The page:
LiveRamp Sets A Course To Cruise On Data Clean Room And Retail Media Tailwinds

LiveRamp earned a total of $141 million in Q4 2021, up 17% from the same period in 2020, with the retail category powering the company’s performance during the year.

But LiveRamp isn’t turning a profit.

The company reported gross profit of $102 million in 2021, but gross profit comes before costs and expenses, which mean LiveRamp tipped into a net loss of $15 million – $4 million worse than 2020. That said, LiveRamp spent $11.3 million more on research and development than the previous year and $6 million more on sales, marketing and administrative costs.

LiveRamp’s data marketplace growth has also tailed off. Its “Marketplace and Other” segment totaled $29 million last year, up only 12% year over year – meaning the percent growth is lower than the company’s overall growth rate, despite starting from a smaller base.

That would be a critical blow from the investor perspective, except the data marketplace is less interesting than it used to be. Third-party data has dried up, after all. And the company’s privacy-focused clean room and identity data solution, called Safe Haven, where the trendy investments are going, falls under the subscription business.

Safe Haven was launched almost a year ago, and already accounts for a fifth of the company’s total revenue.

Setting the brick-and-mortar

One reason Safe Haven is doing so well is because it’s a critical part of LiveRamp’s retail media offering. Walmart adopted Safe Haven in Q4 2021, LiveRamp CEO Scott Howe told investors. LiveRamp also signed a subscription contract with new customer JD.com, a huge Chinese online retailer.

LiveRamp added 20 new subscription logos in the quarter, each “a company you would recognize,” Howe told AdExchanger in a briefing prior to earnings. The new logos in the client roster over-index toward retail and CPG companies that are using Safe Haven to target retail media network buys.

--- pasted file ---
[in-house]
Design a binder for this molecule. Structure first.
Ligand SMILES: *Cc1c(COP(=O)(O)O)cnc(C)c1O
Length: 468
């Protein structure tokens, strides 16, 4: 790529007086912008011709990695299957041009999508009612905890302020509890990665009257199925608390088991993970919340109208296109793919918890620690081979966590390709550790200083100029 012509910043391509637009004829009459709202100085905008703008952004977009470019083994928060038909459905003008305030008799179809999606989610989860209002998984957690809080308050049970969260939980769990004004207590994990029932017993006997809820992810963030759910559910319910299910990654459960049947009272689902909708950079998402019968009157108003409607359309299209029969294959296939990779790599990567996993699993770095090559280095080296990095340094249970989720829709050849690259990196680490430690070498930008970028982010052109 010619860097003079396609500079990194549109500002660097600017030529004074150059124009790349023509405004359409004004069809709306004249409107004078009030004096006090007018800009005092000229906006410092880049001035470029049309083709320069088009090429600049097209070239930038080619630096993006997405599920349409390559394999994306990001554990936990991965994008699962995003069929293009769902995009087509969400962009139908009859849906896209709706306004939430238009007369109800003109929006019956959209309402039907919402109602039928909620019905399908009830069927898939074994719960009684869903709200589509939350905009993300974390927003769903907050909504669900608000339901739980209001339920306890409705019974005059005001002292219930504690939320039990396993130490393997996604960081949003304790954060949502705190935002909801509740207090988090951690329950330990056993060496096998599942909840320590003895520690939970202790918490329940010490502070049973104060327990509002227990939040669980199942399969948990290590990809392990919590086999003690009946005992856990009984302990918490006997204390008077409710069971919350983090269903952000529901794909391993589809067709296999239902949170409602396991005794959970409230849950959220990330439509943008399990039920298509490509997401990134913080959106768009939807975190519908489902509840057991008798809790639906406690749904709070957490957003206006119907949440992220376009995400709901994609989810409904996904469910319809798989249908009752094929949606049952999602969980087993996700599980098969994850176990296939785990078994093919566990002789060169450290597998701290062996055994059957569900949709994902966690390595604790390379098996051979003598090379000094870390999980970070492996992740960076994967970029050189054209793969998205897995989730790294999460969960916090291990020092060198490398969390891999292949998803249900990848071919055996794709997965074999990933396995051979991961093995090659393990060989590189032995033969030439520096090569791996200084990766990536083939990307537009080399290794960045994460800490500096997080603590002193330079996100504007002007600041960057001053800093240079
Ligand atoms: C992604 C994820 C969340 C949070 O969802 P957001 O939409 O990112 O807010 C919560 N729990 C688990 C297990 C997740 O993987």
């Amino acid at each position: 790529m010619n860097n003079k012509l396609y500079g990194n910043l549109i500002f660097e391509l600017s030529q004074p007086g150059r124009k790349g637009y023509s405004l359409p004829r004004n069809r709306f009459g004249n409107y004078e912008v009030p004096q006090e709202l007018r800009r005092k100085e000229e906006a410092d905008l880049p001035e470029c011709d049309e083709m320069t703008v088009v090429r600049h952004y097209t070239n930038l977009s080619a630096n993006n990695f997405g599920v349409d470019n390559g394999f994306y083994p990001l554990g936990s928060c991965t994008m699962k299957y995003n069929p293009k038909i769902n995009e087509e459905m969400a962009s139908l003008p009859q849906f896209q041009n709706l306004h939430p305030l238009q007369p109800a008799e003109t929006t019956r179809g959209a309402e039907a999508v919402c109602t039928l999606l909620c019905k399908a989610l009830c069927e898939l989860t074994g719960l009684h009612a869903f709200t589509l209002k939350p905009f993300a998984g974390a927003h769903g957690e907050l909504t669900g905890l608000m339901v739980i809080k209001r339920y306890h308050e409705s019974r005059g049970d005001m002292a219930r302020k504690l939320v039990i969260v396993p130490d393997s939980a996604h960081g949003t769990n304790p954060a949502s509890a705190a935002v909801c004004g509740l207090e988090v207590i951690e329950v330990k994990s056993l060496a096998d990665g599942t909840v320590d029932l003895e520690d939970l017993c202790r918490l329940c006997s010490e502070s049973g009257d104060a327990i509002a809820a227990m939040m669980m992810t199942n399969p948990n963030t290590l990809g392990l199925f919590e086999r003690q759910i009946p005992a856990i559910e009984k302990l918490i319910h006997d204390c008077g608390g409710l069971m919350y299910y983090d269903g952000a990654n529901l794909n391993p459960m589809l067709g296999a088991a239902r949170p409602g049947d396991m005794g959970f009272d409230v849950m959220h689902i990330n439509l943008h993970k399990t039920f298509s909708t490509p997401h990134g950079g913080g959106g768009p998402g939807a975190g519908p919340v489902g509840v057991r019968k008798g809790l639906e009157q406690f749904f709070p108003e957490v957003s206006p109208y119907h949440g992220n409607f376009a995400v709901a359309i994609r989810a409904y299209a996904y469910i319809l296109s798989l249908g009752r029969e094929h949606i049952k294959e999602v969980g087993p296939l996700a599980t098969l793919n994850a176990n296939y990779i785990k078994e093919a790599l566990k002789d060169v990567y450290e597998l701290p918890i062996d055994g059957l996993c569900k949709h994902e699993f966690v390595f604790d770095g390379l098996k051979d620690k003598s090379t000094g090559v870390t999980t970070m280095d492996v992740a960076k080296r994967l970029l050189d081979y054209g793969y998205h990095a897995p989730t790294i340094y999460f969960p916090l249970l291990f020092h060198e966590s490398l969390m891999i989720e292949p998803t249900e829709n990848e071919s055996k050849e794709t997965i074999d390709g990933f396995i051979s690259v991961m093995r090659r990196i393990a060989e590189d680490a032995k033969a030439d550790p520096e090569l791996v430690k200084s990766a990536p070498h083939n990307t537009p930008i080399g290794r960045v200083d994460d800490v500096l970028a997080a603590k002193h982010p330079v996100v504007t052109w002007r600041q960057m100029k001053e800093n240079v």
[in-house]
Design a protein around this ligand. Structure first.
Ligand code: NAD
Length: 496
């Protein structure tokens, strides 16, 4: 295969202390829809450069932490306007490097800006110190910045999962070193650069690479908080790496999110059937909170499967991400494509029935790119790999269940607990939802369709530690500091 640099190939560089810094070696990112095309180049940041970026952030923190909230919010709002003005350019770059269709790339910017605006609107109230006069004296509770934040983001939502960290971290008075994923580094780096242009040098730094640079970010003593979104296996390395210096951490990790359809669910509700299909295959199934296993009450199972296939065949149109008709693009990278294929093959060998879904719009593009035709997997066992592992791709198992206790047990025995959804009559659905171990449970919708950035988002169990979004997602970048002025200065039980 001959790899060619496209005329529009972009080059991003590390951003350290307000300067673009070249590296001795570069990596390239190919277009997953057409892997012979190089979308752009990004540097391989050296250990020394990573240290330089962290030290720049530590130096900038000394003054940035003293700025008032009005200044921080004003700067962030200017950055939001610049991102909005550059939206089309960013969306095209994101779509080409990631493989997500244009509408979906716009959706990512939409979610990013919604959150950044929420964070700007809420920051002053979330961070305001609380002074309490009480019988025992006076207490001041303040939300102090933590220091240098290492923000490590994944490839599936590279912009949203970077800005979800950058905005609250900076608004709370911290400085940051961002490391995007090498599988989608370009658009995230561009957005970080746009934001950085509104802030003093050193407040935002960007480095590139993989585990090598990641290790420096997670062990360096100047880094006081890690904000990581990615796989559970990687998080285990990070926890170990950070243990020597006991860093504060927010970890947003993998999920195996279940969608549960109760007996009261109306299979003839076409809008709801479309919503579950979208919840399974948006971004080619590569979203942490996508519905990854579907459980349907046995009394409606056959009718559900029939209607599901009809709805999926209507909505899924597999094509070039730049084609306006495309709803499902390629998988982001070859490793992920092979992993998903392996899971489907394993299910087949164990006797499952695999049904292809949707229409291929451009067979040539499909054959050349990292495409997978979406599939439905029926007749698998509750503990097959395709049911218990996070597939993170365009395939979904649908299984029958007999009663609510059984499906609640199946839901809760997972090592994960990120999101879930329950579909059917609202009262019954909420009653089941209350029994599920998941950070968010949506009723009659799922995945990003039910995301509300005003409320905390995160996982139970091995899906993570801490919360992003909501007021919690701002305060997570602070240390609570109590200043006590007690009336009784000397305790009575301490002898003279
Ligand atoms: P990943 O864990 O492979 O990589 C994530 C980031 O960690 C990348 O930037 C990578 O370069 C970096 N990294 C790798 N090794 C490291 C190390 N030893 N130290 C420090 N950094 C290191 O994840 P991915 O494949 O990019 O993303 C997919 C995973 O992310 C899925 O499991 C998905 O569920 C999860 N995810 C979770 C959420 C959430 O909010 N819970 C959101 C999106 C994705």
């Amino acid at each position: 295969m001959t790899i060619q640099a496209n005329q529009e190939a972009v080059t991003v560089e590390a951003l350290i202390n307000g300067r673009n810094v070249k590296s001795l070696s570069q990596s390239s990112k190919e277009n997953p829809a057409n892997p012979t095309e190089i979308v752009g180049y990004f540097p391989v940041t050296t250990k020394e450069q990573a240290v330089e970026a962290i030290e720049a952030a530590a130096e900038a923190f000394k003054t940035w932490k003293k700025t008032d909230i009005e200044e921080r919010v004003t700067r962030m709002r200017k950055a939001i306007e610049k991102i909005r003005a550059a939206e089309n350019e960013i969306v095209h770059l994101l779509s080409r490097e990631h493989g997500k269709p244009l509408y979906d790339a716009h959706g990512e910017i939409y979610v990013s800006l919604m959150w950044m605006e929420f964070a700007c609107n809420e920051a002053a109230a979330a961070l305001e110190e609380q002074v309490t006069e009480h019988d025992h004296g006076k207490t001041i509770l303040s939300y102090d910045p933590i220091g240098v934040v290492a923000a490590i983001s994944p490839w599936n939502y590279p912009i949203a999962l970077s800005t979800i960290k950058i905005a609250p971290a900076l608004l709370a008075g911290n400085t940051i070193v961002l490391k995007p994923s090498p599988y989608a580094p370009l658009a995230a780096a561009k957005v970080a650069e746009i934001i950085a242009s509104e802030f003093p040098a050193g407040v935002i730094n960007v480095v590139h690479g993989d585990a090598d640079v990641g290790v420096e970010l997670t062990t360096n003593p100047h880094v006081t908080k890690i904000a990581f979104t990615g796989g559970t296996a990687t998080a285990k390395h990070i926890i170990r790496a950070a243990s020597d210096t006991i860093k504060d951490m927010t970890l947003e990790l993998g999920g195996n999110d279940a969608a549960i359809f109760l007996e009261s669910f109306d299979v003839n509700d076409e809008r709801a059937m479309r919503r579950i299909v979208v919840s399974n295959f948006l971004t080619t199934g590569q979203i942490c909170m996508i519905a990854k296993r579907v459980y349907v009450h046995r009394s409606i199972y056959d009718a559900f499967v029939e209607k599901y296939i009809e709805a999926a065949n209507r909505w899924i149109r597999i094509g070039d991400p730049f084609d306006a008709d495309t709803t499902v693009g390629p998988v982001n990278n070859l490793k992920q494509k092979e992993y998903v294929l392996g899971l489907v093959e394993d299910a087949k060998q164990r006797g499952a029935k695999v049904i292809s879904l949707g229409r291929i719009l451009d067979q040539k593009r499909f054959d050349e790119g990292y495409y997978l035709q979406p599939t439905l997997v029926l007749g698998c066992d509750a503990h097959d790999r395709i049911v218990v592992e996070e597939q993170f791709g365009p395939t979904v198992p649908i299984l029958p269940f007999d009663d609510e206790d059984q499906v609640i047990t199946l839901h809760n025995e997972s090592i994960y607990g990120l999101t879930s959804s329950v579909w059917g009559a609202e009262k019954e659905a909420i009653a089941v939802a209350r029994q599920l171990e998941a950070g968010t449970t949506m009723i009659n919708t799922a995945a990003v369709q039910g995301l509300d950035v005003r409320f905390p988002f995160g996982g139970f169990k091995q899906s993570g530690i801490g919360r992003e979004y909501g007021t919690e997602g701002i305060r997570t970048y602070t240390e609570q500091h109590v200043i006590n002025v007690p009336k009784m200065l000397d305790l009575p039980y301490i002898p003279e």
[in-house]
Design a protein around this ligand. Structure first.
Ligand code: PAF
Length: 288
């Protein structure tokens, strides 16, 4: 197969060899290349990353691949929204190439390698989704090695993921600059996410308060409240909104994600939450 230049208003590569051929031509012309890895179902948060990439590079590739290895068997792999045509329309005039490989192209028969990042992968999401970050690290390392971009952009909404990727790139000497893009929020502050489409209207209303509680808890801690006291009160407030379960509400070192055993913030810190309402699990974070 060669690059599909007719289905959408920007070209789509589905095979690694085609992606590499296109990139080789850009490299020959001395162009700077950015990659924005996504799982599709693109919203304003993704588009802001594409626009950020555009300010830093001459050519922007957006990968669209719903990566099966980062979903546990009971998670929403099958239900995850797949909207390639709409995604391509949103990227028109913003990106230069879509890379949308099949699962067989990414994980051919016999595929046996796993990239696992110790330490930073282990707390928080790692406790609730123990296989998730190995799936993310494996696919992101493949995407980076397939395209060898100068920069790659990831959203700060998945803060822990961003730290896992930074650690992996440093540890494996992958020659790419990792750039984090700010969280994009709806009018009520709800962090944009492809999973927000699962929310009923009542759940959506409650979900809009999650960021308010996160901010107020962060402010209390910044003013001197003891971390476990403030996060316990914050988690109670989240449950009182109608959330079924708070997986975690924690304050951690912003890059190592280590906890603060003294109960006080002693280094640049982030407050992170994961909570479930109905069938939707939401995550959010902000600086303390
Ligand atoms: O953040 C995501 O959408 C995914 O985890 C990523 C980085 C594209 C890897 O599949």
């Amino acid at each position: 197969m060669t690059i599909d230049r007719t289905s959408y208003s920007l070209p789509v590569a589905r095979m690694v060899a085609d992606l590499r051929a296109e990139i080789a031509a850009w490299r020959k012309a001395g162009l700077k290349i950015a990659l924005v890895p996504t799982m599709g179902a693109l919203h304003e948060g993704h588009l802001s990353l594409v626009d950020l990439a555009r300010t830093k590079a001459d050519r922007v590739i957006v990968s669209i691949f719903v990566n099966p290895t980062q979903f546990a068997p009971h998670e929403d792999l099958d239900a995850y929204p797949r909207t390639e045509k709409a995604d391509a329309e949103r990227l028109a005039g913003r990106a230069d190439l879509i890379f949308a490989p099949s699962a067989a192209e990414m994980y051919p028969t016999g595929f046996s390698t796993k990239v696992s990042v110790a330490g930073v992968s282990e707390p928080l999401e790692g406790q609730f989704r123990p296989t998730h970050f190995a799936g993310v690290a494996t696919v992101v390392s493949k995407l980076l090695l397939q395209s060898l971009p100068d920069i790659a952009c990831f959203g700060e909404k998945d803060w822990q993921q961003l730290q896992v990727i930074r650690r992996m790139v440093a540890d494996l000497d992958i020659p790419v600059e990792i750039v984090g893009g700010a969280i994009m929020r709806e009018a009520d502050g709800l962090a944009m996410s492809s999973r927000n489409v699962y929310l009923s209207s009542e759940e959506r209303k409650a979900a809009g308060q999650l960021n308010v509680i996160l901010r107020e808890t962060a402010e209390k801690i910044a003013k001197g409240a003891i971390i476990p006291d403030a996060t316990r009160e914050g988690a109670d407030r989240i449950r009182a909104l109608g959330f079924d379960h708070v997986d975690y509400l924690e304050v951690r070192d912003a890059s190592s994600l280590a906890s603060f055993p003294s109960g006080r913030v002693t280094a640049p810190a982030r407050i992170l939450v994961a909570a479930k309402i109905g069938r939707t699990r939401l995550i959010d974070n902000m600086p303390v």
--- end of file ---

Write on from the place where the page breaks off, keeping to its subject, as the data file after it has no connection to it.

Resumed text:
When The Trade Desk won Walmart’s DSP partner business from Xandr in a bakeoff last year, it was because The Trade Desk matched more effectively to LiveRamp’s identity set.

“It’s hard to overstate how importance an asset it is for us to have a strategic position with 60% of big-box retail in the US,” LiveRamp CFO Warren Jenson told AdExchanger.

Market shifts

LiveRamp also benefits from changes in the market among onboarding and identity data companies, Howe said.

For one, he claims LiveRamp is thought of as the scaled, default player in the space.

In a recent Advertiser Perceptions SSP survey, LiveRamp’s RampID was the most-used identity service, pacing Google Privacy Sandbox proposals, Apple’s SKAdNetwork and Unified ID 2.0.

“It was nice seeing us atop the leaderboard, but it’s better when I pause to consider that other players are built on our carriage,” Howe told AdExchanger.

Data brokerages like Acxiom, which spun out LiveRamp in 2018, have also been scooped up. Acxiom went to IPG, while Publicis Groupe swallowed Epsilon.

Agencies differentiate through media-buying prowess, creative expertise and analytics, Howe said.

“But they shouldn’t be competing around access to identity,” he said, “because the world is better served when that’s provided neutrally to everyone.”

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